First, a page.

Does Planter Pressure Distribution Alter with Weight Reduction in Obese Children?

  • Nadia L. Radwan Ph.D, Department of Biomechanics, Faculty of Physical Therapy, Cairo University, Giza, Egypt.
  • Marwa M. Ibrahim Assisstant Professor, Department of Physical Therapy and Health Rehabilitation, College of Applied Medical Sciences, Prince Sattam bin Abdulaziz University, Saudi Arabia. Assiatant professor, Department of Physical Therapy For Growth and Development Disorders in Children and Its Surgery, Faculty of Physical Therapy, Cairo University, Giza, Egypt.


Background: High plantar pressure values in obese children are of great concern due to the risk of inducing pain, discomfort, and foot pathologies, mainly for children’s growing feet. Obese children have been observed to have flat feet compared to those of their non-obese correspondents. Objective: The purpose of this study was to detect whether there were differences in the static and dynamic planter pressure distribution variables after weight reduction in obese children. Methods: Thirty obese prepubescent girls aged from 8 to 11 years were included in the study. The Tekscan foot pressure system was used to measure the static and dynamic plantar pressures before and after nine months of weight reduction program. The peak pressures beneath the forefoot, midfoot and rearfoot were measured for each foot. The weight reduction program consists of a combined dietary and exercise program. Results: The study revealed high significant differences in the peak force, contact area and in plantar pressure in standing. Significant differences were also found in dynamic pressure variables particularly under the mid foot region which was highly significant. Conclusion: It was concluded that decreasing the weight of obese children is an important issue because it will decrease both static and dynamic pressure variables, and in consequence decreasing the risk of obtaining foot problems, stress fractures, or ulcerations caused by effect of their increased weights  on their growing feet.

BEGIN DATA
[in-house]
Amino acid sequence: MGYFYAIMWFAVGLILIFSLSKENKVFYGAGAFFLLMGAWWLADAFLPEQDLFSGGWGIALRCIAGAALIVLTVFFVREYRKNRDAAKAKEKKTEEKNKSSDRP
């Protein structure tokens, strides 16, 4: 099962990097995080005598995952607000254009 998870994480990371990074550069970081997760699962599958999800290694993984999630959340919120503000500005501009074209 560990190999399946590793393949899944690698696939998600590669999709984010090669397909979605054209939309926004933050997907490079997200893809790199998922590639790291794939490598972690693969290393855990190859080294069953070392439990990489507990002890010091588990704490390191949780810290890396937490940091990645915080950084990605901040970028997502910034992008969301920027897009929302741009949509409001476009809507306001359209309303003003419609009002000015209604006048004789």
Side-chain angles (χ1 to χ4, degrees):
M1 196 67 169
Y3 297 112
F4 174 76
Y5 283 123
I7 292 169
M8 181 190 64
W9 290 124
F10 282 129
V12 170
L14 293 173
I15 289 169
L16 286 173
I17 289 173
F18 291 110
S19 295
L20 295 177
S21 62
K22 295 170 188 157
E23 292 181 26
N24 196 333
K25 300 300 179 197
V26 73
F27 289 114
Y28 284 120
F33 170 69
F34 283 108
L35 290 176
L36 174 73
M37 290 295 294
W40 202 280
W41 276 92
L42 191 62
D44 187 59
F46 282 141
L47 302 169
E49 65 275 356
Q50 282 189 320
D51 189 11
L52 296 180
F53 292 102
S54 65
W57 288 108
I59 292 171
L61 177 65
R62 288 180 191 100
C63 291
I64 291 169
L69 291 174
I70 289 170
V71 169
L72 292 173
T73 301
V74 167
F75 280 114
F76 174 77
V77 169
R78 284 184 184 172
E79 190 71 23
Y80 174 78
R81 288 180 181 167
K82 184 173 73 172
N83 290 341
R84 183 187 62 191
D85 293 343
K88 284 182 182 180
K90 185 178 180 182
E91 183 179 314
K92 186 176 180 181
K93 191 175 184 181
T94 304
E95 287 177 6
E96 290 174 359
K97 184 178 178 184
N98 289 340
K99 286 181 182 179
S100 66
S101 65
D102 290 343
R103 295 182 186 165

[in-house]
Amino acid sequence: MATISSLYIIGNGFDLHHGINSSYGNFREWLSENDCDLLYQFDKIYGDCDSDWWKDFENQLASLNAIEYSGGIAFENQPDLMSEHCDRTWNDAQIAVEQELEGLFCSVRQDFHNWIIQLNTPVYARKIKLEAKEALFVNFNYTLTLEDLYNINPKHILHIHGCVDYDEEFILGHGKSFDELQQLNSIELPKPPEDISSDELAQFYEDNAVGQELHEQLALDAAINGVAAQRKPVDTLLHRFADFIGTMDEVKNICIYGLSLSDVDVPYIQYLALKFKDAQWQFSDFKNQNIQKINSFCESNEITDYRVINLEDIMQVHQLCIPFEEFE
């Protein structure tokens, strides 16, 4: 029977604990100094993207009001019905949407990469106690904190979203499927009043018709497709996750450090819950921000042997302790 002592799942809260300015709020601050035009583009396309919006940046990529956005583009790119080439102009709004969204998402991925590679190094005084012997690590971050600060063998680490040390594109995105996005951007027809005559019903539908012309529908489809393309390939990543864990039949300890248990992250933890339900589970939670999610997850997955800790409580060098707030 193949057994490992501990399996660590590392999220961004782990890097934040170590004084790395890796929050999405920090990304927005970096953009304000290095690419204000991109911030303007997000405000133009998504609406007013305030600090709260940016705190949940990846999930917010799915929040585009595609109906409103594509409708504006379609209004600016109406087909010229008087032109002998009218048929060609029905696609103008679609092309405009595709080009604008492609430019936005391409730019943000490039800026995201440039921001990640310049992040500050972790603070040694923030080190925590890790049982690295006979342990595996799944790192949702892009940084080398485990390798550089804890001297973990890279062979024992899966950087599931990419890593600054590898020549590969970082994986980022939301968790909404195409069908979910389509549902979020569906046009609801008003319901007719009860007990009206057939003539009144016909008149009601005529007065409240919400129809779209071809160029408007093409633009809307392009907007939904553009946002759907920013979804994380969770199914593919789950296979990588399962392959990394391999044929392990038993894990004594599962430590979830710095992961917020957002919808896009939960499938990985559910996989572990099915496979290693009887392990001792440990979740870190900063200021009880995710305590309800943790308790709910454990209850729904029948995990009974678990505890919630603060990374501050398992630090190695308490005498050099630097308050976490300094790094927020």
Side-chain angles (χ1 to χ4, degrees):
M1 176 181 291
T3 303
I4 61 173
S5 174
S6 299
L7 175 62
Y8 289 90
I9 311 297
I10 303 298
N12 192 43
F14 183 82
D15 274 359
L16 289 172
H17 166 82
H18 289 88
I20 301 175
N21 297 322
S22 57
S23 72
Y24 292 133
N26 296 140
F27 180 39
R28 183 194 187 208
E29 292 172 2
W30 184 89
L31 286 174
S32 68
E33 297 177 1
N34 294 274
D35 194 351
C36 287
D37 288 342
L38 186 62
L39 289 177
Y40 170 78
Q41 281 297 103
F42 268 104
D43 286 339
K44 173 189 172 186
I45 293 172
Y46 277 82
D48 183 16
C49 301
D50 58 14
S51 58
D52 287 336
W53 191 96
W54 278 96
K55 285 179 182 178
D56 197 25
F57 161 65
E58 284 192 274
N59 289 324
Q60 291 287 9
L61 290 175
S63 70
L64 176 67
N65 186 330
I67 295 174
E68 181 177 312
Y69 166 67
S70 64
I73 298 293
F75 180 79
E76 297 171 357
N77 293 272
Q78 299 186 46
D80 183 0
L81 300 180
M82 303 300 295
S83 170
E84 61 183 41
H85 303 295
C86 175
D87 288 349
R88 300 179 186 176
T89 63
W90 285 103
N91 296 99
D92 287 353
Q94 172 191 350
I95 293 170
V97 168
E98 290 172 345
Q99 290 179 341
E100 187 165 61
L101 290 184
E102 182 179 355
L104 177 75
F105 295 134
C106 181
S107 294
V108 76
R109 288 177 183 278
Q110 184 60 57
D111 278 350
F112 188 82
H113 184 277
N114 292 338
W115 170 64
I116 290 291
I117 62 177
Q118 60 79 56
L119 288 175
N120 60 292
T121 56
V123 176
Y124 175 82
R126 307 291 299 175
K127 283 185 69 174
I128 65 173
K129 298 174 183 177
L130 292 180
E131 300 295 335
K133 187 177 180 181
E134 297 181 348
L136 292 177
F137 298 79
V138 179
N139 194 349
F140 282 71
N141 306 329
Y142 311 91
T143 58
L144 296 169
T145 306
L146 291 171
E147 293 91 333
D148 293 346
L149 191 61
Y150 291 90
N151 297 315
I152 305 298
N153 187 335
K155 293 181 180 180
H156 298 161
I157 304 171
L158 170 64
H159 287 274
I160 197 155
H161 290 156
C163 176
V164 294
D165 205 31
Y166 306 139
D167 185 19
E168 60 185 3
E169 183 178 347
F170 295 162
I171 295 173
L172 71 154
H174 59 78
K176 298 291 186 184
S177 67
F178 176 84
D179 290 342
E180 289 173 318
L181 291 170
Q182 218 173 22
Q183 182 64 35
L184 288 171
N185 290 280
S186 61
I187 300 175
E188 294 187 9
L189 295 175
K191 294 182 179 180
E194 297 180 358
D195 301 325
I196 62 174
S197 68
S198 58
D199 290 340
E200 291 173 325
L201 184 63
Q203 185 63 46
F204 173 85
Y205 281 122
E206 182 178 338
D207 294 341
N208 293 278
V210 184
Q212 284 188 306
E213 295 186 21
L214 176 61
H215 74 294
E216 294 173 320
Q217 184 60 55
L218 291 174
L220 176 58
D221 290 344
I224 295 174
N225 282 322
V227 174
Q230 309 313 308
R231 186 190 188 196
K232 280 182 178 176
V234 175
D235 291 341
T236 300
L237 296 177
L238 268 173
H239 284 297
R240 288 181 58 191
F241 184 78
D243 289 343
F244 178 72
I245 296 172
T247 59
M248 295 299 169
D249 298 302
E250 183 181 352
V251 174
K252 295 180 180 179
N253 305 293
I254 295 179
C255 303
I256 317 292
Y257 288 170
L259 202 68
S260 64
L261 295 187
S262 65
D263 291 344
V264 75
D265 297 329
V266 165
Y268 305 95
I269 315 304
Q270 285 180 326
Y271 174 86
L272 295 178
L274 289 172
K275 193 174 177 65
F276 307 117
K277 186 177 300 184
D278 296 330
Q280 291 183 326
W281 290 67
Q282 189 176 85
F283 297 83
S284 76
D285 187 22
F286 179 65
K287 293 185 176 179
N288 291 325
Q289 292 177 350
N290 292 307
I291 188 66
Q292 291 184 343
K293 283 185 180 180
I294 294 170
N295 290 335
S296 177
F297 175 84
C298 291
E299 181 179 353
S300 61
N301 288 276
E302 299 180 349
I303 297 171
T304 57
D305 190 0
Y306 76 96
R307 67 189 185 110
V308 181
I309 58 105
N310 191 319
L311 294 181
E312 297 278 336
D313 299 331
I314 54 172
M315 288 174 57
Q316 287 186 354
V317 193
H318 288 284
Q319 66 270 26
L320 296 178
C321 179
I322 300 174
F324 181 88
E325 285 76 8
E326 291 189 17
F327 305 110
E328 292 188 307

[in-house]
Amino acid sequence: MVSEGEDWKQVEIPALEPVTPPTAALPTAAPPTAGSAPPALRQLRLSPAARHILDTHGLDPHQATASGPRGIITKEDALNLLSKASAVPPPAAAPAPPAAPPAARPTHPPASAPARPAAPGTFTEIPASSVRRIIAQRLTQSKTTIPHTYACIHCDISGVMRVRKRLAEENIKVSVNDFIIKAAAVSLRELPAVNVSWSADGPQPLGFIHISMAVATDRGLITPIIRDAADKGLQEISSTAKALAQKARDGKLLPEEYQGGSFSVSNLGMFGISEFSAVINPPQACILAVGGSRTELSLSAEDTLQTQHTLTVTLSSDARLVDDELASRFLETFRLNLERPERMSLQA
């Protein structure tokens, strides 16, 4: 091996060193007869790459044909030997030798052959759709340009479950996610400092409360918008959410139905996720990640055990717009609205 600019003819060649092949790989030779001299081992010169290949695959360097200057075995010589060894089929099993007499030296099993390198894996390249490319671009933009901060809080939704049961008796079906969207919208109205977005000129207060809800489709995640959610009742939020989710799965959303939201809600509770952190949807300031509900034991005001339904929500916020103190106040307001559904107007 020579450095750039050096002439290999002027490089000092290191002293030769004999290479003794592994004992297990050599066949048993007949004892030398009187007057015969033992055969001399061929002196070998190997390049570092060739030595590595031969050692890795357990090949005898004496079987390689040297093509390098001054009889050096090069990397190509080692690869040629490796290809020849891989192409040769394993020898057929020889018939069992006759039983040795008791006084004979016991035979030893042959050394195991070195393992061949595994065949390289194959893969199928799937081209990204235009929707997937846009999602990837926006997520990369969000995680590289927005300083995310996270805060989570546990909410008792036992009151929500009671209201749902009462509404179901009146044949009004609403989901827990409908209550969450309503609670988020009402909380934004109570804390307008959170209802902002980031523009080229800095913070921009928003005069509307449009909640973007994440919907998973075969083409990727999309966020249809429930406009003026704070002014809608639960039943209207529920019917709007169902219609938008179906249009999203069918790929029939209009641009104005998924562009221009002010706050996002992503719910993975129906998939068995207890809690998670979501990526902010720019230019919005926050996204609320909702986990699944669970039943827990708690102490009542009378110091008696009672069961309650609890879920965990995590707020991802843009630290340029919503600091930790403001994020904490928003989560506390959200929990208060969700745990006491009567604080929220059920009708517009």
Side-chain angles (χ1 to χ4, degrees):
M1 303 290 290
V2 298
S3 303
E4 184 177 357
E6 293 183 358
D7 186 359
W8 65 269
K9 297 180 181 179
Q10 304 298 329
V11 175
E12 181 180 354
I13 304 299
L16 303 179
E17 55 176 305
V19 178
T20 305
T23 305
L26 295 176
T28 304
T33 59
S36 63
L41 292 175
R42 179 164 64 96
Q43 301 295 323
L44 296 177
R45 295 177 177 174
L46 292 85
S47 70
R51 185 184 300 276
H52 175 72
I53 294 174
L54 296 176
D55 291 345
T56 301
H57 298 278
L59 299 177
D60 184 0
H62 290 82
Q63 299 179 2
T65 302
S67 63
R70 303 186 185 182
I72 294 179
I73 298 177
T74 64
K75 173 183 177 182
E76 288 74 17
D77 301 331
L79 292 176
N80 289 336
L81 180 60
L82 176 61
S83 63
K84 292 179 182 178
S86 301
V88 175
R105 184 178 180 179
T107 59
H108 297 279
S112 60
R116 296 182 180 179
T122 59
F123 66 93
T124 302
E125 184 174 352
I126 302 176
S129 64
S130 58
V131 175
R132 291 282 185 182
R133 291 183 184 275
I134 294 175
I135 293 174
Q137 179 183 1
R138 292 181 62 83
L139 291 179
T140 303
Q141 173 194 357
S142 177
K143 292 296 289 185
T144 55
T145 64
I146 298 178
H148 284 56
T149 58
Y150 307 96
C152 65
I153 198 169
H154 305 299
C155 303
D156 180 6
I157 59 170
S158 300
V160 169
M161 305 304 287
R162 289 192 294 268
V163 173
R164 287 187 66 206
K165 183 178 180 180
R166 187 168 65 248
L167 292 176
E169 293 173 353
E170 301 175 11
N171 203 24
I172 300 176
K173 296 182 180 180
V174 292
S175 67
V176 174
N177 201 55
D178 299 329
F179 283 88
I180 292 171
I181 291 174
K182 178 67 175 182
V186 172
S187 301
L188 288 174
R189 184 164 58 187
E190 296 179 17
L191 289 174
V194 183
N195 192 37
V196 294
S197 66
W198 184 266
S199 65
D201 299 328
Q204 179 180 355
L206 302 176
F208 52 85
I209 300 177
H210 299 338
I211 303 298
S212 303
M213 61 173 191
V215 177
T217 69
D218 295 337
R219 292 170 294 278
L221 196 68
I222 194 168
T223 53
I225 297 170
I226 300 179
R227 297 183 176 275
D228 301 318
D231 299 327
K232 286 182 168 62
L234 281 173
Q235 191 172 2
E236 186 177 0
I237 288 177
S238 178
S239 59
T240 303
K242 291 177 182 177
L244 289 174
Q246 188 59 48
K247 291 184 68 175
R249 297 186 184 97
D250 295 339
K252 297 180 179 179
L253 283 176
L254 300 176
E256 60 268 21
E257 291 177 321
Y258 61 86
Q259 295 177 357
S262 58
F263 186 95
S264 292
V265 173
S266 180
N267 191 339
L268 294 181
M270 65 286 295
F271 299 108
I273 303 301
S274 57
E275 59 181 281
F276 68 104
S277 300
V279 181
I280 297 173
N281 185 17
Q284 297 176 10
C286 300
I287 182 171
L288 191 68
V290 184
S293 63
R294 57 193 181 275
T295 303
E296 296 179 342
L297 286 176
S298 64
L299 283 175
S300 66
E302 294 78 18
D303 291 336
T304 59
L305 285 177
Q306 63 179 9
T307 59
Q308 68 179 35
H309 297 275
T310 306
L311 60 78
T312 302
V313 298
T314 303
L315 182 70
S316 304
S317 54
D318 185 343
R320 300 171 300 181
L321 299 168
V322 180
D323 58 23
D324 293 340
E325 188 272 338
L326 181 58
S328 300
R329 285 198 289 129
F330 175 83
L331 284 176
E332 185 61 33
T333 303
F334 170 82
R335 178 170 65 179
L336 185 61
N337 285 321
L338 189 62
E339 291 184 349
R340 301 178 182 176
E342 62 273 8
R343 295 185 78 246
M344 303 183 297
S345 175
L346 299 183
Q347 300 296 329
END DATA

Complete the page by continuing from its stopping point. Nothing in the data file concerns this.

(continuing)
How to Cite
Radwan, N. L., & Ibrahim, M. M. (2018). Does Planter Pressure Distribution Alter with Weight Reduction in Obese Children?. Journal of Medical Biomedical and Applied Sciences, 5(12). Retrieved from